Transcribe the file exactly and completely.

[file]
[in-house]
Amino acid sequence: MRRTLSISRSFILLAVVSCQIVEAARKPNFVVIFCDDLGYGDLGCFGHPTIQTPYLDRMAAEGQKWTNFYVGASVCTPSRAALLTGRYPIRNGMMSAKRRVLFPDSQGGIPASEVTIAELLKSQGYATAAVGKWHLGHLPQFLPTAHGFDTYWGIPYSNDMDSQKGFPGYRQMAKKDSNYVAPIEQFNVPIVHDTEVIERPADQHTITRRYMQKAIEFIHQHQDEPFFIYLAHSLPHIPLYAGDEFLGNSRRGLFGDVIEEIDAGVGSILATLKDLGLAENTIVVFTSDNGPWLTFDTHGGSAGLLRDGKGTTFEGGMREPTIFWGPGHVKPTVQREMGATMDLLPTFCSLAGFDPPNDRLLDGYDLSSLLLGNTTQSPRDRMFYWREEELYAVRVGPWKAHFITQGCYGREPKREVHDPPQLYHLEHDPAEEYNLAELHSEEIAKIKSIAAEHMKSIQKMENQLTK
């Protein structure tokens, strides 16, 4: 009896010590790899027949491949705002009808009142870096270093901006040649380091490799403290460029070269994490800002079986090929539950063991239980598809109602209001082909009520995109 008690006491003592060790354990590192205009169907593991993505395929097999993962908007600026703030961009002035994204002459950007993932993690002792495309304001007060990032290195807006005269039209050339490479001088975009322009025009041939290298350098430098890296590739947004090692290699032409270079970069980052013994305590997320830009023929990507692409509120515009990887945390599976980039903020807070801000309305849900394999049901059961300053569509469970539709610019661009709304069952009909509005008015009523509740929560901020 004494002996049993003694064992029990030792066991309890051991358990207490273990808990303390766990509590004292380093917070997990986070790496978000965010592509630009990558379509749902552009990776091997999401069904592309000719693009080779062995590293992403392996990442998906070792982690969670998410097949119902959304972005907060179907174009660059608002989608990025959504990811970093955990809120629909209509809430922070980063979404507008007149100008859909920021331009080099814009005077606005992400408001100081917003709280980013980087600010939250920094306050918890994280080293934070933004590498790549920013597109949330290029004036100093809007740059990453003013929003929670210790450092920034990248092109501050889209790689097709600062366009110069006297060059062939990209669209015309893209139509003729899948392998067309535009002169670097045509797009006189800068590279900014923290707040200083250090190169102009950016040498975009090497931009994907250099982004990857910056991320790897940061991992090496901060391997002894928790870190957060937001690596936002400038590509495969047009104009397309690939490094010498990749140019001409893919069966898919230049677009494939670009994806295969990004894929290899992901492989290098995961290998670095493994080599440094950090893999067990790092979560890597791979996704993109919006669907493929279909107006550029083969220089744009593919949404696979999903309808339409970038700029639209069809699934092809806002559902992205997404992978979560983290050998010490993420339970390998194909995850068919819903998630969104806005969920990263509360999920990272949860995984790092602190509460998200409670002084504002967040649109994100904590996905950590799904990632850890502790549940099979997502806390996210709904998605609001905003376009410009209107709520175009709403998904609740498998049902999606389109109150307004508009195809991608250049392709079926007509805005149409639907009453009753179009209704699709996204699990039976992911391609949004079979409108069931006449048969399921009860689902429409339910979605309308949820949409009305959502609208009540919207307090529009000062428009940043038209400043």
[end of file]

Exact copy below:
[in-house]
Amino acid sequence: MRRTLSISRSFILLAVVSCQIVEAARKPNFVVIFCDDLGYGDLGCFGHPTIQTPYLDRMAAEGQKWTNFYVGASVCTPSRAALLTGRYPIRNGMMSAKRRVLFPDSQGGIPASEVTIAELLKSQGYATAAVGKWHLGHLPQFLPTAHGFDTYWGIPYSNDMDSQKGFPGYRQMAKKDSNYVAPIEQFNVPIVHDTEVIERPADQHTITRRYMQKAIEFIHQHQDEPFFIYLAHSLPHIPLYAGDEFLGNSRRGLFGDVIEEIDAGVGSILATLKDLGLAENTIVVFTSDNGPWLTFDTHGGSAGLLRDGKGTTFEGGMREPTIFWGPGHVKPTVQREMGATMDLLPTFCSLAGFDPPNDRLLDGYDLSSLLLGNTTQSPRDRMFYWREEELYAVRVGPWKAHFITQGCYGREPKREVHDPPQLYHLEHDPAEEYNLAELHSEEIAKIKSIAAEHMKSIQKMENQLTK
């Protein structure tokens, strides 16, 4: 009896010590790899027949491949705002009808009142870096270093901006040649380091490799403290460029070269994490800002079986090929539950063991239980598809109602209001082909009520995109 008690006491003592060790354990590192205009169907593991993505395929097999993962908007600026703030961009002035994204002459950007993932993690002792495309304001007060990032290195807006005269039209050339490479001088975009322009025009041939290298350098430098890296590739947004090692290699032409270079970069980052013994305590997320830009023929990507692409509120515009990887945390599976980039903020807070801000309305849900394999049901059961300053569509469970539709610019661009709304069952009909509005008015009523509740929560901020 004494002996049993003694064992029990030792066991309890051991358990207490273990808990303390766990509590004292380093917070997990986070790496978000965010592509630009990558379509749902552009990776091997999401069904592309000719693009080779062995590293992403392996990442998906070792982690969670998410097949119902959304972005907060179907174009660059608002989608990025959504990811970093955990809120629909209509809430922070980063979404507008007149100008859909920021331009080099814009005077606005992400408001100081917003709280980013980087600010939250920094306050918890994280080293934070933004590498790549920013597109949330290029004036100093809007740059990453003013929003929670210790450092920034990248092109501050889209790689097709600062366009110069006297060059062939990209669209015309893209139509003729899948392998067309535009002169670097045509797009006189800068590279900014923290707040200083250090190169102009950016040498975009090497931009994907250099982004990857910056991320790897940061991992090496901060391997002894928790870190957060937001690596936002400038590509495969047009104009397309690939490094010498990749140019001409893919069966898919230049677009494939670009994806295969990004894929290899992901492989290098995961290998670095493994080599440094950090893999067990790092979560890597791979996704993109919006669907493929279909107006550029083969220089744009593919949404696979999903309808339409970038700029639209069809699934092809806002559902992205997404992978979560983290050998010490993420339970390998194909995850068919819903998630969104806005969920990263509360999920990272949860995984790092602190509460998200409670002084504002967040649109994100904590996905950590799904990632850890502790549940099979997502806390996210709904998605609001905003376009410009209107709520175009709403998904609740498998049902999606389109109150307004508009195809991608250049392709079926007509805005149409639907009453009753179009209704699709996204699990039976992911391609949004079979409108069931006449048969399921009860689902429409339910979605309308949820949409009305959502609208009540919207307090529009000062428009940043038209400043």